Kirk, I loved reading this in this moment. Thanks a lot for sharing. I think many of us who once turned our passion for photography into a profession are somewhere in this journey. I've started a few months ago and, at the beginning I was sort of obsesed with what could be commercially viable. Later on I realized that I did not get into photography to please the market, to become sort of a mercenary who knows how to use camera, lights and the other tools. Too much worrying about the business make you park creativity and your original drive to make photographs. And then you feel frustrated because do not identify with what you're doing which, is similar to what others are doing, not a personal work.

I also realized something similar happens with 'technique'. Too much concerned about using the right lens, aperture, etc and you focus on those aspects rather than being there seeing and feeling what is in front of your eyes and motivated to make personal images of it. I also got the impression you were through this, when you started getting back to using less sophisticated equipment. I think it is a good exercise to get back to the creative path; I did not get rid of the big nikons but I now travel much lighter with only two lenses and I am sticking most of the time to 35 and 50mm zoom positions; surprisingly, these are the two focal lenghts in which I see naturally and love their perspectives. It is like getting back to basics, simplifying to set your focus back on the photographic act.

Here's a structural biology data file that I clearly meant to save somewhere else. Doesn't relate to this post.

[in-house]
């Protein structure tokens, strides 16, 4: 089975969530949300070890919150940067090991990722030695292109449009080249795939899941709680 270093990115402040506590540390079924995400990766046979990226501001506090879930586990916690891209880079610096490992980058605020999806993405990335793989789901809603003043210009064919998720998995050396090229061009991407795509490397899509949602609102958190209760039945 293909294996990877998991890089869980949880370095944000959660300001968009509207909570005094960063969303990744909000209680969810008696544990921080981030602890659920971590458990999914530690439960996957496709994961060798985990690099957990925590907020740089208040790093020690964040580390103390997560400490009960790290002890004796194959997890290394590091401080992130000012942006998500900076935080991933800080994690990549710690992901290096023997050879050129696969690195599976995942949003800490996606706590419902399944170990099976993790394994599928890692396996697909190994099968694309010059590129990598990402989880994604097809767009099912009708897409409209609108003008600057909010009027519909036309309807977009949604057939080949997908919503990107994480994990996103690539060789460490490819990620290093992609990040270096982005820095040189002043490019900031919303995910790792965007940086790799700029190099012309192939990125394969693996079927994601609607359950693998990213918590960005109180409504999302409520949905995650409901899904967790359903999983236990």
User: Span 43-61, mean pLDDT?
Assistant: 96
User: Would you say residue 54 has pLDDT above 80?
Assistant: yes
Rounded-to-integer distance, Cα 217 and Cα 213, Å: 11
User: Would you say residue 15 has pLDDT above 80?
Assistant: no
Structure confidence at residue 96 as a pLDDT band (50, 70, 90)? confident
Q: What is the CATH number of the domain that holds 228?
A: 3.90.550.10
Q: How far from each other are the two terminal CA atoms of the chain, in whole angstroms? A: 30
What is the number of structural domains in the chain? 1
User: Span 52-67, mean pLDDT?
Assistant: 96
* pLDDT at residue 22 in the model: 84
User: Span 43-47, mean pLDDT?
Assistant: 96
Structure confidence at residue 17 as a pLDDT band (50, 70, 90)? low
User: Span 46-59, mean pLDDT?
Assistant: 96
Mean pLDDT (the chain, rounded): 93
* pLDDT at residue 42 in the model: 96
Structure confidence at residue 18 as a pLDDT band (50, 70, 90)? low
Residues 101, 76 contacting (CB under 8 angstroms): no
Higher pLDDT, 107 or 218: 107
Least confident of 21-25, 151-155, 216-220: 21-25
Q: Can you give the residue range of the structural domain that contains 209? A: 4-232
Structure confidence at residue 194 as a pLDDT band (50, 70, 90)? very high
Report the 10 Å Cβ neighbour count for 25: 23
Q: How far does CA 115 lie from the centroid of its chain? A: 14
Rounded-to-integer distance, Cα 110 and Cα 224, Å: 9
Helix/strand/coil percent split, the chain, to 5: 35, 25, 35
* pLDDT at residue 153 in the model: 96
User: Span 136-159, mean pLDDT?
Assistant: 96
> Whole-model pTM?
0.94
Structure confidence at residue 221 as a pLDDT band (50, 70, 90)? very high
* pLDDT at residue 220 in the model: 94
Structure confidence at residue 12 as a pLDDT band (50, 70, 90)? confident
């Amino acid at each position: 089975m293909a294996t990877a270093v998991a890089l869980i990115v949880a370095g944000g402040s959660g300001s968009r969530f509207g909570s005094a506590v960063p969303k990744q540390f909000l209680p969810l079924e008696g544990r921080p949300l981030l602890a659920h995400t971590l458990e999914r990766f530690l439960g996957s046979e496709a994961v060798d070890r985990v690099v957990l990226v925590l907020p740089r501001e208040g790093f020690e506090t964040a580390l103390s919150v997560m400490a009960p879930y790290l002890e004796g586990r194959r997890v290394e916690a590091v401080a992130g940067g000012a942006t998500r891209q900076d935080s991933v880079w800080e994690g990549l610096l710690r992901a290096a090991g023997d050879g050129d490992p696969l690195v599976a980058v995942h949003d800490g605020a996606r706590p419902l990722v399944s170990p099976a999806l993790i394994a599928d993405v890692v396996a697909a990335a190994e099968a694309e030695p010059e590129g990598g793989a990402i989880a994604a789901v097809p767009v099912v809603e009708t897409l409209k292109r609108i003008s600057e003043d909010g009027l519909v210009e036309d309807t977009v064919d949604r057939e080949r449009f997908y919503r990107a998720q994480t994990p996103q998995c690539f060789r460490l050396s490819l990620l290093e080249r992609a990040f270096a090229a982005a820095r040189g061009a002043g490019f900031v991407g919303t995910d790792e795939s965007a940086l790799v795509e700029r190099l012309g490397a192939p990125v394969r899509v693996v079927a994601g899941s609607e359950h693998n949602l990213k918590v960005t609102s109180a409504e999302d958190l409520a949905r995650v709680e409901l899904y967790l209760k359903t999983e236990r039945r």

Damn! Why does creativity slip so easily between our fingers? :-)

On the positive side, I think the fact that we are reflecting about this shows that we are determined to chase it, not to be contend with just 'following the flow' but rather looking for the path we started walking when we started feeling that photography was something else than fixing images, something that had a lot to do with our way of being present and, I know from other times that after the uncertainty and frustration comes the satisfaction of overcoming it and feeling yourself reenergized, one step forward...

Dave said...

Thank you for sharing this with us Kirk!